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When you were a kid, what did you do after opening Christmas gifts that had your name on them?
You looked at the rest of the presents to see what others got, right? It's human nature, at least among siblings.
Lawyers are like that when it comes to Christmas bonuses. We want to know what our brothers and sisters are getting.
To be non-denominational, the "Christmas" bonus might actually be better called a "Hanukkah" bonus. That's because Christians traditionally give presents and Jews give money at this time of year. Just saying...
In any case, attorneys await the "year-end" bonus just as anxiously as the faithful await religious holidays. It's about validation for a job well done; payment for too many hours to count; a payment toward a small condo or a huge student loan. Ho, ho, ho.
Above the Law keeps watch of these things. They report each year when BigLaw announces bonuses, and the annual ritual is on.
It's become a competition because, after all, law firms want to attract top students and what better way than to lure them with an extra $15,000? What, that's the same as last year's new hires and you thought you were getting a bigger pony?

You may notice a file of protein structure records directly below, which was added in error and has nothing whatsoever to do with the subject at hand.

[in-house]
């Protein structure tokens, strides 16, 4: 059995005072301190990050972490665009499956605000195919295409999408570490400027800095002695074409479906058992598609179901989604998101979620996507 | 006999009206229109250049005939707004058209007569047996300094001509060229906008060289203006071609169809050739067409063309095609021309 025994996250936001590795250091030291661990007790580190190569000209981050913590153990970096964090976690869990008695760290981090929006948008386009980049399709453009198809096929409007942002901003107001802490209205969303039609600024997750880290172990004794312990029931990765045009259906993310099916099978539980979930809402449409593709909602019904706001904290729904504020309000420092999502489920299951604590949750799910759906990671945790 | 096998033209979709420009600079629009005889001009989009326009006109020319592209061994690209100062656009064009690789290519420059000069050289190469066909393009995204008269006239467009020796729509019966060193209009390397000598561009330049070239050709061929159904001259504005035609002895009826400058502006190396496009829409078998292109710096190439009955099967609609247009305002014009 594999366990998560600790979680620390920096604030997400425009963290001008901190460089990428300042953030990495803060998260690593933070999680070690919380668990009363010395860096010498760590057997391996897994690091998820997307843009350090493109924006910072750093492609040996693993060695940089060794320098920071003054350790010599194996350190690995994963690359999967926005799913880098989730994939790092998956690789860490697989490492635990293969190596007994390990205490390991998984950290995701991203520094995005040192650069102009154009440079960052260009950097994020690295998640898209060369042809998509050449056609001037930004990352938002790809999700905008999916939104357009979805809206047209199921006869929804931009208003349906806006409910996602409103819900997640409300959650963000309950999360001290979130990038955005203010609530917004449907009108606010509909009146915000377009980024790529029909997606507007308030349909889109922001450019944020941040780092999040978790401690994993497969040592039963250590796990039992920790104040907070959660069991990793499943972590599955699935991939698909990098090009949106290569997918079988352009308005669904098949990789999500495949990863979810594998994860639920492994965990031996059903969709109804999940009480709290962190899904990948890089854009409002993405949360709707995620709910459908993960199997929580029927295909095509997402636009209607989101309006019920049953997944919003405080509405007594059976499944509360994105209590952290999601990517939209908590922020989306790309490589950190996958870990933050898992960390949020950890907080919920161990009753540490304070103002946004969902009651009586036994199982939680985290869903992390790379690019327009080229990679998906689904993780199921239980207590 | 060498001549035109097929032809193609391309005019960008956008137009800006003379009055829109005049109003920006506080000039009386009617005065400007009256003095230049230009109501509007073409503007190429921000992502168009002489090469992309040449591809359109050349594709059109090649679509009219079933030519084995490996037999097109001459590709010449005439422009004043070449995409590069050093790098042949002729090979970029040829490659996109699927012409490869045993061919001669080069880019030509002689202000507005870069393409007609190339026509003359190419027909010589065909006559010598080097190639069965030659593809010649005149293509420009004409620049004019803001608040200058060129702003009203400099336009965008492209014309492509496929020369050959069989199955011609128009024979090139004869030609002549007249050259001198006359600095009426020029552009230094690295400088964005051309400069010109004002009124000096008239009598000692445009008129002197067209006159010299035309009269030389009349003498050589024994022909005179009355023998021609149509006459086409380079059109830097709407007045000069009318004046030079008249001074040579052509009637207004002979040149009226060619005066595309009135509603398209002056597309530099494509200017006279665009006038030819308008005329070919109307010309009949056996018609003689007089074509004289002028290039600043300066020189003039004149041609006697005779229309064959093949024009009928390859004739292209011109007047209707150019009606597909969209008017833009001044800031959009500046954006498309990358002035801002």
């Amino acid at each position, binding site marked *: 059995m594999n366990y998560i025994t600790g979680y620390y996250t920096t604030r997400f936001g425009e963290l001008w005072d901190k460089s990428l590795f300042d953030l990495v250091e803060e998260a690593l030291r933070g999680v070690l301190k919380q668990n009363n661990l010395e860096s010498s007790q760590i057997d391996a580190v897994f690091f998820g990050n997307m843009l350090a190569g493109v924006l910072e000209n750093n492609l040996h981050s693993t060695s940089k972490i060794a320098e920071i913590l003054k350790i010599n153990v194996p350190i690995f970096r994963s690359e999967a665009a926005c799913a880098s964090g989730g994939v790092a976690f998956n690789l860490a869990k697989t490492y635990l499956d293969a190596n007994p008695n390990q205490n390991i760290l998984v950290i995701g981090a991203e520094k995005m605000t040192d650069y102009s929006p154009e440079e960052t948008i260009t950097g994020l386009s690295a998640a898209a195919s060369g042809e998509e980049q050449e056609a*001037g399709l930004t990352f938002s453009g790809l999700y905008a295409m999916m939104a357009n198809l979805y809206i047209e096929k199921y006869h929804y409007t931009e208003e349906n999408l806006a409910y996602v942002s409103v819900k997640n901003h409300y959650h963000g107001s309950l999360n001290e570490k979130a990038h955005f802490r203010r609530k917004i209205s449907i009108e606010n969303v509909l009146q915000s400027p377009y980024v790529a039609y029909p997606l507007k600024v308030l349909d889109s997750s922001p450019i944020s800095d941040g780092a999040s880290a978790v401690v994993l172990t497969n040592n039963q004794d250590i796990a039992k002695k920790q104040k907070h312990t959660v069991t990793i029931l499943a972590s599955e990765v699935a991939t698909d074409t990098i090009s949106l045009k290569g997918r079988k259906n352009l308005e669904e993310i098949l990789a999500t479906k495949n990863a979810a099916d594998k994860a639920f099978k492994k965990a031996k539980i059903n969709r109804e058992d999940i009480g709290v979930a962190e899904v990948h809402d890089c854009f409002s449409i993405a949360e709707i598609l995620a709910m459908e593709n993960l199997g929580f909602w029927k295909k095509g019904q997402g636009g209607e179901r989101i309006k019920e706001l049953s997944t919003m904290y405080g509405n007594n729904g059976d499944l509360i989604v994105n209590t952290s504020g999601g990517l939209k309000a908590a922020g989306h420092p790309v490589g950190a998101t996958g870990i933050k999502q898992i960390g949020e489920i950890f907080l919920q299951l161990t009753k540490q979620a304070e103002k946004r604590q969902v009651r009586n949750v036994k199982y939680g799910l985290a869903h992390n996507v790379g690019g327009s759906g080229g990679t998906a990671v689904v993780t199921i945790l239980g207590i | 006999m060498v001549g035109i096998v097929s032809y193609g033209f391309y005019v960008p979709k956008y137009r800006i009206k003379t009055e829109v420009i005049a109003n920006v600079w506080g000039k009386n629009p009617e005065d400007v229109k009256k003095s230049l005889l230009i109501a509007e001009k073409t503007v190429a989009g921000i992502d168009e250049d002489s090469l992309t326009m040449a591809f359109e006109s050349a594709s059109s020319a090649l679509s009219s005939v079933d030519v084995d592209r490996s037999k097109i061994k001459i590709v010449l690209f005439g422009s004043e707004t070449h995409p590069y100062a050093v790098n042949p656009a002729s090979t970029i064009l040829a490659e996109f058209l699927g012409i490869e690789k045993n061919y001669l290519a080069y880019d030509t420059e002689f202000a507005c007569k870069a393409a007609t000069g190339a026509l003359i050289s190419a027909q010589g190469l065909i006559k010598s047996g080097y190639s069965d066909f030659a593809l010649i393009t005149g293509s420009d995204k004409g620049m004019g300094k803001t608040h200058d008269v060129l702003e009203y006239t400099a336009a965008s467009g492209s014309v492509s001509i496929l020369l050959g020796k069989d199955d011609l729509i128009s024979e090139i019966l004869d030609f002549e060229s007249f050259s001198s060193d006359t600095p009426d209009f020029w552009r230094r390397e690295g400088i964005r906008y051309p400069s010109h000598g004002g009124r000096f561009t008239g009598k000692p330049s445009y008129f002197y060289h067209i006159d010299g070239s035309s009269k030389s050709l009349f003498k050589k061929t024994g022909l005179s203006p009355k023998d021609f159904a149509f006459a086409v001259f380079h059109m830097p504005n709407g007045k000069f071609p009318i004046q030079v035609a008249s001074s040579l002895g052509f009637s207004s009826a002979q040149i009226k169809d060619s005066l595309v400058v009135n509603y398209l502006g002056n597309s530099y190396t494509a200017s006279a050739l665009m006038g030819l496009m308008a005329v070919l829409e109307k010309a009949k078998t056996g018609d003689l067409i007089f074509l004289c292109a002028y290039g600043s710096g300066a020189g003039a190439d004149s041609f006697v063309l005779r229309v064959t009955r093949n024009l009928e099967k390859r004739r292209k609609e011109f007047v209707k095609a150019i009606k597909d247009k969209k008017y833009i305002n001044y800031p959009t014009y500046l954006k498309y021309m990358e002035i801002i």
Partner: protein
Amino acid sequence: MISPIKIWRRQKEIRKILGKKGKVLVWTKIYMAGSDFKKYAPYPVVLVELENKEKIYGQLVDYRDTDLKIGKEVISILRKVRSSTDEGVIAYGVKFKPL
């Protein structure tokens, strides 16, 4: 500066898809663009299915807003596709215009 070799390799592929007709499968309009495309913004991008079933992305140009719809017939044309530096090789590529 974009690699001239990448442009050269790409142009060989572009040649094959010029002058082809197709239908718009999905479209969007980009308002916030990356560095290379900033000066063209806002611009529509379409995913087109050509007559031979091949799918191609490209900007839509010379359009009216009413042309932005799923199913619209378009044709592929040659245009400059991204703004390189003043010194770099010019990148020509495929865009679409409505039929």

There's a scale to bonuses, and it's not the scale of justice. It's about longevity (and competition).
This year, Wilkinson Walsh tipped the scale at $22,500 for attorneys hired in 2016 and $150,000 for attorneys hired in 2010 or earlier.
"I'm sure that some of you have seen reports of bonus announcements at some big law firms," Brant Bishop wrote to his associates. "As in the past, this year we remain committed to recognizing the contributions of our excellent associates. And, we are fortunate again this year to be able to provide bonus compensation well above market levels."
So if you see that you're not getting the biggest bonus, there's always next year. Or the next law firm.